To a mother, children mean everything.
For Jill Walker, her daughter Emma was no exception.
“She has a sweet side that nobody sees and a really spunky sense of humor that people don't see until you know her really well,” said Walker.
"We plan on being at the trial every day and supporting her,” said Walker.
In the days that have followed, the Walkers have spent time remembering the precious years they did get with Emma.
"She enjoyed cheering but she was also a hardworking student who cared about her grades, she cared about people,” said Walker.
From a spunky child to a caring young woman, Jill says Emma was always a go getter with a passion for children.
Now, a room at the new neonatal unit inside East Tennessee Children’s hospital will bear her name.
"I think since she didn’t get to live her dream and her future, this is our way of letting that lifelong dream come true and be seen forever,” said Jill. “She will not in body be there, but in spirit be at children's hospital.”
The family was presented with a pink stethoscope with Emma’s name.
"We'd always known Emma wanted to be a NICU nurse,” said Walker.
The room is one of many touching tributes that have come about in the last few weeks. Emma’s school, Central High School, has been raising money for an Emma Walker scholarship.
When the Central Bobcats played their first football games after Emma’s death, she wasn’t forgotten.
“The football players had little stickers on their helmet and had purple balloons,” said Walker.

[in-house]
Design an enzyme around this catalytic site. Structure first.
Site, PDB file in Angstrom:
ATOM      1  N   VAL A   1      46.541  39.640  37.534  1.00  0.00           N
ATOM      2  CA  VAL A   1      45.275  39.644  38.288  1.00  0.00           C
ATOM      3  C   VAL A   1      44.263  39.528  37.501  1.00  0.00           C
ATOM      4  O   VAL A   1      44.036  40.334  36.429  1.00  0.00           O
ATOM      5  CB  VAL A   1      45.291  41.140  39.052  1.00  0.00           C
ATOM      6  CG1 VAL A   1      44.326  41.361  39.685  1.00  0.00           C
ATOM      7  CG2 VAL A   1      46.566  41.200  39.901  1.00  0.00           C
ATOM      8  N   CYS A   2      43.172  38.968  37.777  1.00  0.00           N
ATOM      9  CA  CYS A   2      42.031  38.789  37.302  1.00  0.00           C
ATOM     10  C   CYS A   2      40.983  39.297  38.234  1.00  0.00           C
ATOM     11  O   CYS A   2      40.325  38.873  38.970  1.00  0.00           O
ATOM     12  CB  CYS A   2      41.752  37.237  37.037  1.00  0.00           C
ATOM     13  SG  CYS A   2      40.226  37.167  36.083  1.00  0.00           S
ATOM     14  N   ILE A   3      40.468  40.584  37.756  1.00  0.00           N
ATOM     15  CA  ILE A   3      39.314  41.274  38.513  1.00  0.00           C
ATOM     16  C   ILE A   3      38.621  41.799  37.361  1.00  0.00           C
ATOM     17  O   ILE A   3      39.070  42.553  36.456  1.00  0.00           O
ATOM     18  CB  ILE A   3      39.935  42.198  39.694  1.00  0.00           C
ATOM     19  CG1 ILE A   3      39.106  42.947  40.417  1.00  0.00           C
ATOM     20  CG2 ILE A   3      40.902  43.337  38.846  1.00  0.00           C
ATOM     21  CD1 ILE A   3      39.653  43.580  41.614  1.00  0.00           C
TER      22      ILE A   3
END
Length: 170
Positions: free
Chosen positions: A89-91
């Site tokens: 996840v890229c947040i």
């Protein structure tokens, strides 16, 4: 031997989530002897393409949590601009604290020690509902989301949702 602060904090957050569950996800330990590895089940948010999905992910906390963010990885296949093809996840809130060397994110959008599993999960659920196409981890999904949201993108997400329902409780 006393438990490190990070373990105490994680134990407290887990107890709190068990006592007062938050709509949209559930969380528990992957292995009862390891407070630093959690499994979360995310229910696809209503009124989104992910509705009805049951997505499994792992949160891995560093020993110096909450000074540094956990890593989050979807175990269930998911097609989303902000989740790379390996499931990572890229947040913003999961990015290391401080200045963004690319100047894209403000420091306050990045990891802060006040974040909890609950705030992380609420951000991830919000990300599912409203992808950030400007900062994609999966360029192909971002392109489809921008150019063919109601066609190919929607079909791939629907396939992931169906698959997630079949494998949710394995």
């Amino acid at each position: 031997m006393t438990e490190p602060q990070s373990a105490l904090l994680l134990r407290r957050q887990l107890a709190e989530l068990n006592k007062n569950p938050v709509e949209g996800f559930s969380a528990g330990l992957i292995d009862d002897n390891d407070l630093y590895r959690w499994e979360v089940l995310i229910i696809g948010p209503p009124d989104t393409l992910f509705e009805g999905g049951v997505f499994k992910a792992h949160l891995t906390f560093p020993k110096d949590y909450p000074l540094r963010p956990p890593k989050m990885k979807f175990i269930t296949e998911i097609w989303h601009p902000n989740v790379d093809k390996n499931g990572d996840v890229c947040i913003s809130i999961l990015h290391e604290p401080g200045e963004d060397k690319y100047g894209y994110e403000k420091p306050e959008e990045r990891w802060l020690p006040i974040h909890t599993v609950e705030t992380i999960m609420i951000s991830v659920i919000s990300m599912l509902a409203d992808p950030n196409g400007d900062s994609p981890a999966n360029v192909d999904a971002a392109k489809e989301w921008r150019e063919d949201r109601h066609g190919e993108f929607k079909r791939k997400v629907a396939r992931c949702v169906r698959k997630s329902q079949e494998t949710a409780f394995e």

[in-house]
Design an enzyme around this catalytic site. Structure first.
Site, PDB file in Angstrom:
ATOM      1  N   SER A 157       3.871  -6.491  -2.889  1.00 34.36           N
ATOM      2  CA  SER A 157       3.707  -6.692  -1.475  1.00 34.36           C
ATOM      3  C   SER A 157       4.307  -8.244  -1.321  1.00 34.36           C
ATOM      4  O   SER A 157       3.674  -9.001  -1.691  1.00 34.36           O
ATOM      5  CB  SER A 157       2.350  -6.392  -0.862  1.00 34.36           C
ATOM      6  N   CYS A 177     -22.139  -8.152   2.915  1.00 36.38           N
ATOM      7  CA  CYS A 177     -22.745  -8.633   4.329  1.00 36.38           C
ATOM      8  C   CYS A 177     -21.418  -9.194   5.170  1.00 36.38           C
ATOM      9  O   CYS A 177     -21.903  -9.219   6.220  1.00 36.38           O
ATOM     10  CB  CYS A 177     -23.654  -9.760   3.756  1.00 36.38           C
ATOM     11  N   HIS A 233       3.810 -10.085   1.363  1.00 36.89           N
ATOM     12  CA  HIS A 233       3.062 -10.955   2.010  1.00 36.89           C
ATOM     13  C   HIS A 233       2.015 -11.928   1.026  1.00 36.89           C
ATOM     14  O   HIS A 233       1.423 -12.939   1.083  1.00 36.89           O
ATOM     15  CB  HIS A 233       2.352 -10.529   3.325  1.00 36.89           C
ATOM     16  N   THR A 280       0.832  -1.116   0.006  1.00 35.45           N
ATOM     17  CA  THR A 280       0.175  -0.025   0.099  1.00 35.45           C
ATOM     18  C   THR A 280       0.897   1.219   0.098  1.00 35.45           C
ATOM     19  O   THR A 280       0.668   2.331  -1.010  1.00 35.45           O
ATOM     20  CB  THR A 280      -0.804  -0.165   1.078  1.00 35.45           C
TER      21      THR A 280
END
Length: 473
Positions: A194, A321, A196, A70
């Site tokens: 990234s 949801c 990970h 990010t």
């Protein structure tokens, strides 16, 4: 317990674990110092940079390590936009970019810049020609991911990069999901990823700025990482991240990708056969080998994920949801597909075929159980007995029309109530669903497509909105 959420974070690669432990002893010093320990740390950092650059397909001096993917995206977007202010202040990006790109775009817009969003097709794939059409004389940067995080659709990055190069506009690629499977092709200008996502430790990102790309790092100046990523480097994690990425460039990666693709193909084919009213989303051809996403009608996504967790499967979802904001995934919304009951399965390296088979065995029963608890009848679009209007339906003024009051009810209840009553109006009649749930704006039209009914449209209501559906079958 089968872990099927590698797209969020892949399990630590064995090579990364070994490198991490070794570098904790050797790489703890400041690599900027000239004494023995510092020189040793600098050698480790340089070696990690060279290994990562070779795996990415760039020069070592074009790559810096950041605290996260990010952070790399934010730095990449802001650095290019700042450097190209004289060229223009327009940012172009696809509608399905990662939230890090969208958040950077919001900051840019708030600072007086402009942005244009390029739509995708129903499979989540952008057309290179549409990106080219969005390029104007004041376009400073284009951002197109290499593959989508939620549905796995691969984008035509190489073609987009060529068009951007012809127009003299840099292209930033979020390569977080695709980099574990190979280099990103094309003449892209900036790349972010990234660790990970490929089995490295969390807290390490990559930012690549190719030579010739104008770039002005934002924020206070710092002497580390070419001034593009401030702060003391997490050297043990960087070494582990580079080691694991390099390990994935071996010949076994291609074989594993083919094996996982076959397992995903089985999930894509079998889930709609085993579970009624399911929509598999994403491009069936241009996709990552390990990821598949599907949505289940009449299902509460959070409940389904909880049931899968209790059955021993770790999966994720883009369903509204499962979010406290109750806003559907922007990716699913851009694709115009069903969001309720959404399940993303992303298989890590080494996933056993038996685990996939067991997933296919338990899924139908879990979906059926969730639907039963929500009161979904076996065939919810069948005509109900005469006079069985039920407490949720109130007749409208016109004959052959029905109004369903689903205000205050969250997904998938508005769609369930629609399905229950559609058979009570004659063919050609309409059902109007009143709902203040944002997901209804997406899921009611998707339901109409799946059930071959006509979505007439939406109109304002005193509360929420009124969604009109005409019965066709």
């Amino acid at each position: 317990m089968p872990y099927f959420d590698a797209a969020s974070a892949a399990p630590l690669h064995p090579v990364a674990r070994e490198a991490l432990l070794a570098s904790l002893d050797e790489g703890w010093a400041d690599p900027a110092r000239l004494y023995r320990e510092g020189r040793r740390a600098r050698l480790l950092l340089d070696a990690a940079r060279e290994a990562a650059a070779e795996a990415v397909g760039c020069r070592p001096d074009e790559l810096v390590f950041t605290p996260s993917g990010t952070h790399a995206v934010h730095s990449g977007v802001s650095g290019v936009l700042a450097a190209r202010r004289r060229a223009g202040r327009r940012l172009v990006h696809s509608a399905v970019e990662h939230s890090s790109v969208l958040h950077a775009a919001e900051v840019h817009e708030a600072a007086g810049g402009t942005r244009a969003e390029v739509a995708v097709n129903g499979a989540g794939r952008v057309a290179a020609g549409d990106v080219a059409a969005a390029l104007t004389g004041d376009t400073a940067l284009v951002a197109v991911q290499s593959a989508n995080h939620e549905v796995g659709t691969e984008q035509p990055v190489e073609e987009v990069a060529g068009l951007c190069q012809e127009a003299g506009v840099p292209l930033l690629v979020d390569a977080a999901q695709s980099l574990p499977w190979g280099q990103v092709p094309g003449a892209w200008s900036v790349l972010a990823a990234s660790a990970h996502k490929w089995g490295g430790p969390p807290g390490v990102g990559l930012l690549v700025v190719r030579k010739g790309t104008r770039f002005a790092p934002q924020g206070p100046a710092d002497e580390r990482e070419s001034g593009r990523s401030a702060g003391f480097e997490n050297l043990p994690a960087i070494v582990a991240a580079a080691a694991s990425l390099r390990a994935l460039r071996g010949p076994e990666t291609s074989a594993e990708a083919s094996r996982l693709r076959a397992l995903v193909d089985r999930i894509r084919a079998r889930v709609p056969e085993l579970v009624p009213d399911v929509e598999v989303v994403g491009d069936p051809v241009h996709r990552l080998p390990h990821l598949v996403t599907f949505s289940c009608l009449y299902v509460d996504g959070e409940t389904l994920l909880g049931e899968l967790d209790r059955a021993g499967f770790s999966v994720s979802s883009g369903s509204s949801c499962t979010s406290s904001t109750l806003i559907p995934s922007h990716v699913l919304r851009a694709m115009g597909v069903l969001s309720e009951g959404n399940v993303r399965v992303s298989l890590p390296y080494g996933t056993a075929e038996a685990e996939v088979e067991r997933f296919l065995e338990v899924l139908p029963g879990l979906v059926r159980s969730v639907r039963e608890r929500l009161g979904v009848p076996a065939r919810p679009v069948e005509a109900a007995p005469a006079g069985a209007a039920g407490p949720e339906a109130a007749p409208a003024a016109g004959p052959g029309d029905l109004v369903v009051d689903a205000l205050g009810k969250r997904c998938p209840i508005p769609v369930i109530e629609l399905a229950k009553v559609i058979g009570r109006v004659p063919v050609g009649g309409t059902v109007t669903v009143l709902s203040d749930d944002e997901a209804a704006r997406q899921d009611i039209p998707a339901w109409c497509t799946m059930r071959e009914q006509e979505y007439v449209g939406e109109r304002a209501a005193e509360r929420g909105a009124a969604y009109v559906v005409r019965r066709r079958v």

Emma’s teammates and friends have given the family picture collages and gifts
“The small things that mean a lot,” said Walker.
Jill says it’s been encouraging to hear how Emma’s spirit will live on—not only through material things, but the people whose lives she touched daily.
“I’ve gotten letters from different parents, that if their child was being made fun of, Emma would stick up and do the right thing, “said Walker.
Still, the days have been tough. Every day routines now look much different.
“Waking her up, going to games watching her cheer, things you're used to doing have just stopped,” said Walker.
The family plans to stay at their current home, where Emma died.
“We are not going to let one bad memory ruin a houseful of good memories, it’s the only place she’s lived, it has very good memories there too,” said Walker.
For now, they are keeping their focus on Emma’s little brother Evan.
"I think we just try to focus on the positive and keep her memory alive, and that we have another child we need to live for, and I think it’s a moment by moment thing, not a day by day,” said Walker. “We take it minute by minute and focus on positive.”
In the future, the Walkers would like to speak to middle and high schoolers about unhealthy relationships and share warning signs with parents.